People Magazine has an overview of Kelly Rutherford’s custody case and while it’s a bit TL;DR it’s interesting for the fact that it sounds straight from Kelly. Their article is biased in favor of Rutherford, of course (we’ve been accused of the opposite), and pretty much outlines her legal strategy. (I’m not going to recap Rutherford’s custody battle because most of you know the story. If you’re not familiar with the case, please read this story or this story for background.)
The last we heard from Rutherford, a California judge had awarded her temporary legal custody of her two children, who are currently in Monaco, where they reside with their father, Daniel Giersch, a German citizen. This occurred after Giersch refused to let Rutherford take the children with her to New York for a scheduled summer visit. Rutherford would have been allowed to take the children if she had agreed to surrender their American passports, as was stipulated in their custody agreement. Giersch’s lawyer argued that Rutherford’s recent statements to the press made the children a risk for kidnap and necessitated this step. It seemed reasonable to me, but obviously Rutherford disagreed and took legal measures.
As for what’s next, Rutherford is legally entitled to take her children, son Hermes, 8, and Helena, 6, back to the US so that they can attend a hearing on June 15. Giersch cannot come to the hearing as he is not allowed to enter to US, but it’s assumed he’ll send a lawyer. It’s possible that he’ll block Rutherford from returning with the children, but that would be held against him in court. Here’s more of People’s report:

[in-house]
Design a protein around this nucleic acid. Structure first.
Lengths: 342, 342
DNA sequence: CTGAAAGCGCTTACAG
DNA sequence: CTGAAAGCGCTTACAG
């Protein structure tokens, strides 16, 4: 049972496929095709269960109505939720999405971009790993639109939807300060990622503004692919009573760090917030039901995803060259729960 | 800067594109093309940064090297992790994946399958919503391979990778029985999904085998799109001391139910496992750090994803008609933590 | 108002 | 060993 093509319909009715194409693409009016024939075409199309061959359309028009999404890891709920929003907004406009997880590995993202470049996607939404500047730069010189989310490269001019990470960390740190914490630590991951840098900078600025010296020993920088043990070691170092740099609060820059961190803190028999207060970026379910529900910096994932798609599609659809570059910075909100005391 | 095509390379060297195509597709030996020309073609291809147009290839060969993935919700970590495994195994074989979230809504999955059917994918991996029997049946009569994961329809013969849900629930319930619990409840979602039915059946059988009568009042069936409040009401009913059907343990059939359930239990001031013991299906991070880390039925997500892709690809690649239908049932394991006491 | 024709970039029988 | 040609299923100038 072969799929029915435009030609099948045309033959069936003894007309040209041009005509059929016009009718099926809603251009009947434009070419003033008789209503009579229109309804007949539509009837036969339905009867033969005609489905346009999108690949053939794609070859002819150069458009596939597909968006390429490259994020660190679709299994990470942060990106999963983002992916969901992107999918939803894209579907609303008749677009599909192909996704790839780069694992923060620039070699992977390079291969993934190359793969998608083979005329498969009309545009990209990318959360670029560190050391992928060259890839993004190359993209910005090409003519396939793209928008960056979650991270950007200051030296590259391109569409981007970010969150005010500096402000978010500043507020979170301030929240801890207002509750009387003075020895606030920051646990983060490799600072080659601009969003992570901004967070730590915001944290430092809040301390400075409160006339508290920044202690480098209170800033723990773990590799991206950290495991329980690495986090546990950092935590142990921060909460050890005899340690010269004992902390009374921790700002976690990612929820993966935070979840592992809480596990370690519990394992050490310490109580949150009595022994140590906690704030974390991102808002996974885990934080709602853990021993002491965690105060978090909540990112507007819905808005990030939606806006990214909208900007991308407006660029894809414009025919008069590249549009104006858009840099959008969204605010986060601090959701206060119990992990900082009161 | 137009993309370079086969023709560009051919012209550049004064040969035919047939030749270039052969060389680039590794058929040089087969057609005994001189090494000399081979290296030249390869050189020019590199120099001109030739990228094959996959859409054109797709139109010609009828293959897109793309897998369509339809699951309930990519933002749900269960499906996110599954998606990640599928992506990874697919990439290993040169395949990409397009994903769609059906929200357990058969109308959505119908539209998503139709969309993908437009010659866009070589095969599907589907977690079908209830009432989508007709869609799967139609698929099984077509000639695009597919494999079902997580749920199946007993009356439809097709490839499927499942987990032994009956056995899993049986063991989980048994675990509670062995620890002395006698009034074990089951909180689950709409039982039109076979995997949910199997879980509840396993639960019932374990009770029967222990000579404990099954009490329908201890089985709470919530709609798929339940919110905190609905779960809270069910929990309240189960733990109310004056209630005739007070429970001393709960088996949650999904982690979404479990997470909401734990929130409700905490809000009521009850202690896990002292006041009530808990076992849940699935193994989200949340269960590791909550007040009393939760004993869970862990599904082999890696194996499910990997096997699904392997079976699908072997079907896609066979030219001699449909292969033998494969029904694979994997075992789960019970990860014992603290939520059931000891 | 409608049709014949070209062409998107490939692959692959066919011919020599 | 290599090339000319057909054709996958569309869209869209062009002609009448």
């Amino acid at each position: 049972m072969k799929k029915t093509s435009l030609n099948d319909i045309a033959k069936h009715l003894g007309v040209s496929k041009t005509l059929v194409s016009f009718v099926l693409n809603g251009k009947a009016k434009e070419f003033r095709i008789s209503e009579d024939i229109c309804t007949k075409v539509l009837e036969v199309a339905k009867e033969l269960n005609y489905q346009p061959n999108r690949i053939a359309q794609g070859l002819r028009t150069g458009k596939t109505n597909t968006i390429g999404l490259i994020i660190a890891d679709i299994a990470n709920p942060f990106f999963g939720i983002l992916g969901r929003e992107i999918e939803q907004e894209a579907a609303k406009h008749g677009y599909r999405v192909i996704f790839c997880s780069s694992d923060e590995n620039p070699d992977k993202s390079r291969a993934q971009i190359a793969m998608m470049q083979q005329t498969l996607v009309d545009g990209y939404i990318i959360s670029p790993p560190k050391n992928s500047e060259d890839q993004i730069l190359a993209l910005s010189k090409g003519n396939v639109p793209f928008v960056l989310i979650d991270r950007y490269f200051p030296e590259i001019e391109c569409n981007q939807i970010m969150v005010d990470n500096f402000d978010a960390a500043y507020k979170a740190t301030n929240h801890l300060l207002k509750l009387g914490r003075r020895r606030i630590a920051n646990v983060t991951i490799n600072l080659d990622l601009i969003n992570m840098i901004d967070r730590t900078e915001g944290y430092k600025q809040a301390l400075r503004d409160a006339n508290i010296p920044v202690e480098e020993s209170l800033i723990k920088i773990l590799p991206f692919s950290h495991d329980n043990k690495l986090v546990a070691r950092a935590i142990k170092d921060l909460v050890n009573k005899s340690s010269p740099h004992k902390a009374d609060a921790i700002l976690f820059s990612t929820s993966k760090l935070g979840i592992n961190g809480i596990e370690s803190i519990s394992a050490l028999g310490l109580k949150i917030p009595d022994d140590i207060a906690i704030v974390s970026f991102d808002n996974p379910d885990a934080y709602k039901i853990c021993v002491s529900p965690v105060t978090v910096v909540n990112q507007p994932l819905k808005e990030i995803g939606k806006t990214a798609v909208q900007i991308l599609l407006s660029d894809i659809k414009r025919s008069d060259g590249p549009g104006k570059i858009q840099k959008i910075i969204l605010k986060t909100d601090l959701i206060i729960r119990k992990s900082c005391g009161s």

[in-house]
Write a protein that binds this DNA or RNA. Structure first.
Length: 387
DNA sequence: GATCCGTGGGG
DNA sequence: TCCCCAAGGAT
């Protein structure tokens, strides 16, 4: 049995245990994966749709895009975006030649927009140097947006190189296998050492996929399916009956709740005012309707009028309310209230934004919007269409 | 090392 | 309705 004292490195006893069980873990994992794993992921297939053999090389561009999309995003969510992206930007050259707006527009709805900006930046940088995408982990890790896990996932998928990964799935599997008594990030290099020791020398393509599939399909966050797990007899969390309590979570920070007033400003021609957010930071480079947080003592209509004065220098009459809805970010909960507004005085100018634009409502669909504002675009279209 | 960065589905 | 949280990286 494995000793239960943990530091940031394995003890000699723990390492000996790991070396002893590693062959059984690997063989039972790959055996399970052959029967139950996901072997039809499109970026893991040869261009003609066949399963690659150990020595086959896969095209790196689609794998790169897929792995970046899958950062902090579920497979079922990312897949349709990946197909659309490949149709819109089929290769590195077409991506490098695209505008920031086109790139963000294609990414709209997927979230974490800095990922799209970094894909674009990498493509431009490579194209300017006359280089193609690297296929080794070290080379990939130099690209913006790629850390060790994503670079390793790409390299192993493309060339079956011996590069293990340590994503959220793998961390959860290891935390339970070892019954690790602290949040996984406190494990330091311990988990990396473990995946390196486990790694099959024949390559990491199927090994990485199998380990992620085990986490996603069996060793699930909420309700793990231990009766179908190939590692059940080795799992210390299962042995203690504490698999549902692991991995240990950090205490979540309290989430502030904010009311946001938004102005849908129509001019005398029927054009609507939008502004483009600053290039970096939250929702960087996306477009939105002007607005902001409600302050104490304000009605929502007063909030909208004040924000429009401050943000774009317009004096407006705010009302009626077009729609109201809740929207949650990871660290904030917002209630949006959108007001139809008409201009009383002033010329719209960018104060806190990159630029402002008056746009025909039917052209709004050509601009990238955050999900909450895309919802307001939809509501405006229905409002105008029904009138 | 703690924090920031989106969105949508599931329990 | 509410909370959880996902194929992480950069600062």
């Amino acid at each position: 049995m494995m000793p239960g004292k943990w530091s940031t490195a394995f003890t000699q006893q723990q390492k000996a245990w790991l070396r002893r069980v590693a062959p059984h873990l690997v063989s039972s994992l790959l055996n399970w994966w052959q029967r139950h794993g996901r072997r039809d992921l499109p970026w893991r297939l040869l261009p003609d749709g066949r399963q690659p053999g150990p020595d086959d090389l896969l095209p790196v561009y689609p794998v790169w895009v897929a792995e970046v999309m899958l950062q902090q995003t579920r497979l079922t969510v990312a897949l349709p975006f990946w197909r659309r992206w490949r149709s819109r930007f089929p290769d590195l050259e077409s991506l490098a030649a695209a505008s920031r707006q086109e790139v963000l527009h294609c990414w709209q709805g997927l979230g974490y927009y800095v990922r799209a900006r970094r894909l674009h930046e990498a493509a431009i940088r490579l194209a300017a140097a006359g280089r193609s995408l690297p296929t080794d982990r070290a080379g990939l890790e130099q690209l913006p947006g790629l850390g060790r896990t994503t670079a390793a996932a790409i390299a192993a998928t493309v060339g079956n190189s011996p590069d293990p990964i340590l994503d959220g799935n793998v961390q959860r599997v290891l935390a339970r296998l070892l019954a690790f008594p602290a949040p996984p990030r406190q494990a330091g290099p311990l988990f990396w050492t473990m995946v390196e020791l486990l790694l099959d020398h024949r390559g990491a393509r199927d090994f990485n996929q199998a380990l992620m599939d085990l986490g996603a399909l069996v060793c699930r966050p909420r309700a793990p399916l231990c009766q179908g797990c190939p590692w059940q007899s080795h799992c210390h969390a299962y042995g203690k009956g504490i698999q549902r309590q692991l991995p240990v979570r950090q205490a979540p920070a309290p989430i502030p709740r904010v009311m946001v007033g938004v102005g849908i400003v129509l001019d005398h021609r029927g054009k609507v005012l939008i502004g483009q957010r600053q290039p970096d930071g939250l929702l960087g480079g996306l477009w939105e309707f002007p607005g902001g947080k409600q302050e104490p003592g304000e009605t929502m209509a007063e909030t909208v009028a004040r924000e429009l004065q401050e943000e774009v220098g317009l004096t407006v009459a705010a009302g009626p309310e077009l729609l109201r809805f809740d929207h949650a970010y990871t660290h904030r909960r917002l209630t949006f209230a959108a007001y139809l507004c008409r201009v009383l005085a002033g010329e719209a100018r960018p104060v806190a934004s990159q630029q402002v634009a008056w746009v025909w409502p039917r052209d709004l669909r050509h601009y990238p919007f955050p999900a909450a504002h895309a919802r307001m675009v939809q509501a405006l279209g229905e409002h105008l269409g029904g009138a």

It’s a win for the former Gossip Girl star: In 2012,a judge decided that Hermes and Helena would live in Monaco and France with Giersch even though the couple shared joint custody because his visa had been revoked. (Giersch’s team has not commented on the court order.)
Though this new order – which came after Rutherford told PEOPLE that Giersch would not allow her to see the children on a visit last week – means her kids will come home, it shouldn’t necessarily be interpreted as a sign that they’ll stay here.
“It’s a temporary decision, and the June court date is going to be an incredibly important date to see how it pans out,” Nancy Chemtob, a New York family and divorce lawyer not involved in the case, tells PEOPLE.
Still, Dan Abrams – ABC’s legal analyst and Mediaite founder, who has written articles supporting Rutherford’s cause for years – calls the development a “big victory” for the mom.
“Even though its temporary, it seems to demonstrate that the court is upset that its specific orders have either been ignored or dismissed by Daniel,” he tells PEOPLE.
According to the court order, Giersch “is alleged to have committed numerous violations” of the 2012 judgment. Rutherford’s claims that he was not letting her spend time with the children or bring them back to America for visits, along with the fact that he never reapplied for a U.S. visa, are the basis for her application. (A former lawyer on Rutherford’s team was allegedly responsible for the revocation by reporting the German businessman’s allegedly illegal activities to the State Department. She has denied any involvement.)